Investigation of molecular diagnostic assays for the detection of Trypanosoma cruzi DNA in blood
Abstract number: O42
Alvarez-Martinez M.J., Nolder D., Chiodini P.
Objectives: Chagas disease, caused by Trypanosoma cruzi, is endemic to Latin America, and of emerging importance in non-endemic countries because of migration of people infected with T. cruzi. The majority of patients diagnosed in non-endemic settings are in the indeterminate or chronic phases. However, acute cases may be seen in congenitally-infected infants and in people receiving blood products or organs from infected donors. Molecular diagnostic assays needed to be standardized to diagnose and monitor congenital infection, aid serological diagnosis in expatriate travellers and migrants from Latin America, and monitor infection in known cases of Chagas Disease.
Methods: Two molecular assays for the diagnosis of T. cruzi infection were investigated, a SYBR green real-time PCR targeting nuclear satellite DNA, and a hotstart PCR targeting kinetoplast DNA (kDNA). One hundred and eighty PCR controls and 180 blood-simulated specimens prepared from cultures of T. cruzi strains of lineages TcI, TcIIb and TcIIe were evaluated. Samples for DNA were prepared from the specimens using 3 lysis methods (Qiagen (Q), Guanidine-EDTA (GE) and GE+boiling (GEB). DNA extraction after lysis was carried out using silica-membrane technology. Ten-fold serial dilutions were prepared. Statistical analysis was performed by SPSS v15, Chicago IL.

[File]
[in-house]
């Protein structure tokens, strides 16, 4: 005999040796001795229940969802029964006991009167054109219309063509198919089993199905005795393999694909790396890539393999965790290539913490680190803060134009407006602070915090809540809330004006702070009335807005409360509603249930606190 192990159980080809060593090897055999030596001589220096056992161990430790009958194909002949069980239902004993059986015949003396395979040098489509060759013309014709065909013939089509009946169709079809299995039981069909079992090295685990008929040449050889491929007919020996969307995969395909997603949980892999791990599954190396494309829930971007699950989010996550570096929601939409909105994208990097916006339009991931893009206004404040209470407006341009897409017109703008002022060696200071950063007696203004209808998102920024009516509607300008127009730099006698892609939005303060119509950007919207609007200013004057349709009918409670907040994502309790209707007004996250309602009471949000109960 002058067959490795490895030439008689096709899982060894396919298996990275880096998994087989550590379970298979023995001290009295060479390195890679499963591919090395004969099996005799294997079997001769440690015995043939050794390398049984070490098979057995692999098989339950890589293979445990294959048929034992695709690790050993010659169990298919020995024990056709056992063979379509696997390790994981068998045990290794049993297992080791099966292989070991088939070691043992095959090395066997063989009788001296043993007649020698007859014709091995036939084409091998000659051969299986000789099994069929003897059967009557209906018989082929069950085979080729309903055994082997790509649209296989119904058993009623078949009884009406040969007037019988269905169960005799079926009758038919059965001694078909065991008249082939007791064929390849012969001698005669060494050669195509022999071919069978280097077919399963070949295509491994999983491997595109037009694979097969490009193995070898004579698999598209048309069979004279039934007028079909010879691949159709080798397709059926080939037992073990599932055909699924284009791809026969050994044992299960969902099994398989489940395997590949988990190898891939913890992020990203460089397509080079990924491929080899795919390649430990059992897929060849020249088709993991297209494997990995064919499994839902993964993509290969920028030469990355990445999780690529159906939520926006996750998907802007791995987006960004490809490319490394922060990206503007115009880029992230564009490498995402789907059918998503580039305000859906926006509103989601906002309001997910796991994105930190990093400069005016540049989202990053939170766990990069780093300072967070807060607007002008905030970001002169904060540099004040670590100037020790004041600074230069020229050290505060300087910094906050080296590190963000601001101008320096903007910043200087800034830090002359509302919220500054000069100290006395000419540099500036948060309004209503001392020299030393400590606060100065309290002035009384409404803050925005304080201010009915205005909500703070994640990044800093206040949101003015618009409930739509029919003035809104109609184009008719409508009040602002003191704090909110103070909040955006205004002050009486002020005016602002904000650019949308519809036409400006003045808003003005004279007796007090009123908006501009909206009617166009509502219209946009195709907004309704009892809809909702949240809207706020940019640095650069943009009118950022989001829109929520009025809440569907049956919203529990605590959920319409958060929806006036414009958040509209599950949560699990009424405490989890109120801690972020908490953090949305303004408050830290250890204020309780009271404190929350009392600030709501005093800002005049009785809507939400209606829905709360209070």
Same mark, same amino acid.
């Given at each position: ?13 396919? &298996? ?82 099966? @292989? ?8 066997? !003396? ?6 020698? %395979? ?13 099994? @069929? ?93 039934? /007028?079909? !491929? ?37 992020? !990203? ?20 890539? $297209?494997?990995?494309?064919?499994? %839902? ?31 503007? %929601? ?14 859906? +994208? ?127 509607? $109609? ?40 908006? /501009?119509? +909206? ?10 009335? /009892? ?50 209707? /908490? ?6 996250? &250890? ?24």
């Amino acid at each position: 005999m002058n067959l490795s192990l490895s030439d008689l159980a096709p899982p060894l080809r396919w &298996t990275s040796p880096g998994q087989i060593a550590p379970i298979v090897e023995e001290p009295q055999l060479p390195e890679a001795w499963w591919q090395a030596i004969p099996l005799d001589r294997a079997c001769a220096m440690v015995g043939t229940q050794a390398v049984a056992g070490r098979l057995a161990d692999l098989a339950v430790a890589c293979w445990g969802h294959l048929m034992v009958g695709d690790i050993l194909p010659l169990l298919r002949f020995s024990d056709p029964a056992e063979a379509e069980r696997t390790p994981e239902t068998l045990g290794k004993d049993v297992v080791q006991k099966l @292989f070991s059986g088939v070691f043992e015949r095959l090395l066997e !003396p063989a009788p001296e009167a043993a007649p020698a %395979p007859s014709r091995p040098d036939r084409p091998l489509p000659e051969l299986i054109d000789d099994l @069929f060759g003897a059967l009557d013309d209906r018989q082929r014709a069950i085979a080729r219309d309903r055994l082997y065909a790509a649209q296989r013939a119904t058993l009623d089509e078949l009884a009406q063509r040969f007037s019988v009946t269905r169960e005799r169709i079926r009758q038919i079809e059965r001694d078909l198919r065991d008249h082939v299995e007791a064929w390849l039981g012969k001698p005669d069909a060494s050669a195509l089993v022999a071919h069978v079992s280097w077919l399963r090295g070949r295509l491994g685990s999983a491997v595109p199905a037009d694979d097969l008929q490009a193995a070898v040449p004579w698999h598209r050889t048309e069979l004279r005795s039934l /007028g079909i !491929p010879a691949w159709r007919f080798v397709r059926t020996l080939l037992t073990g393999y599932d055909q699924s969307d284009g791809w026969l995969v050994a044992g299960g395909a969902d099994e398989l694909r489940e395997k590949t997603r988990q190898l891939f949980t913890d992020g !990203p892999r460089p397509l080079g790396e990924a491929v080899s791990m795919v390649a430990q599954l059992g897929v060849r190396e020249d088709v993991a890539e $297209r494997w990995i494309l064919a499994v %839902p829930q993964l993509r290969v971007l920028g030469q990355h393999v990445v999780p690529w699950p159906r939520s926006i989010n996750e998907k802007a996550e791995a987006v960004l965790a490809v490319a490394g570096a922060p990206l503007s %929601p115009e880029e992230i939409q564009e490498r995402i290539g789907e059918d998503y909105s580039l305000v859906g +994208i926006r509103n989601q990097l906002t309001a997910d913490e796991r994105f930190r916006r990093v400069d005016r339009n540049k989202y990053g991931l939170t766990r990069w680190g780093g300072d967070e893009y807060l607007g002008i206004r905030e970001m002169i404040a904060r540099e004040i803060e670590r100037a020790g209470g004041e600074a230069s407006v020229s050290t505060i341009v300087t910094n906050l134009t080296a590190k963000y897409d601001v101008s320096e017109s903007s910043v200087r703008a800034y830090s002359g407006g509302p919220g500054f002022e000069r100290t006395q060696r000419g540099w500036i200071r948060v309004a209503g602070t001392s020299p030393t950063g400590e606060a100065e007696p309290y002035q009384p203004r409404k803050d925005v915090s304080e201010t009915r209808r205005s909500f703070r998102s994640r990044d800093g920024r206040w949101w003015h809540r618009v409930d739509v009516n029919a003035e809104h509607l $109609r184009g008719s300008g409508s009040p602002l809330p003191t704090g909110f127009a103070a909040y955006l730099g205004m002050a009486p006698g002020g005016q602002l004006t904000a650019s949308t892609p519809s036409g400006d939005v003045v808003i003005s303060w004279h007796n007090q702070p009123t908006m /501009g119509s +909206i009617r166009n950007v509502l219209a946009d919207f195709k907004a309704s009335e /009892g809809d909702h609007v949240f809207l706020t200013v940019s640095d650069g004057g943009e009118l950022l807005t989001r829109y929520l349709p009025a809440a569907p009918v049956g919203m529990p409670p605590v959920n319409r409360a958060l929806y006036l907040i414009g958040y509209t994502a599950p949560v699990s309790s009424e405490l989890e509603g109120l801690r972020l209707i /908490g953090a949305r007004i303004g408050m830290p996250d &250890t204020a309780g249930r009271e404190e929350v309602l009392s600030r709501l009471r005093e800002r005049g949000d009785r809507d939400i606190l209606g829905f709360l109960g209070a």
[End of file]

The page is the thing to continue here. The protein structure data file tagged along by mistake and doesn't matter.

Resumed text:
Results: The sensitivity of the real-time PCR assay was calculated by PROBIT analysis with 12 replicates of 8-fold serial dilutions of the DNA from culture of TcIIb extracted by Qiagen. The 95% and 50% positive hit rates were 0.8 parasites/ml (95% IC: 0.411.53) and 0.2 parasites/ ml (95% IC: 0.080.32), respectively. The assay showed a specificity of 100%. More consistent results were found for all lineages and types of samples when DNA was extracted by the Qiagen method. A higher detection limit was found in lineage TcI (p < 0.01). Lineage TcIIb showed statistically better results in controls and simulated specimens, than the other two lineages (p < 0.01). The kDNA assay was performed in simulated specimens from the three lineages, and it gave better results using Q and GEB methods on low concentration samples, although not statistically significant (p = 0.08).
Conclusions: Molecular assays are very promising in the diagnosis of T. cruzi infection and have applications where serological assays are not of use. Further work should be done to standardize the methods.
|Session name:||Abstracts 20th European Congress of Clinical Microbiology and Infectious Diseases|
|Location:||Vienna, Austria, 10 - 13 April 2010|
|Back to top|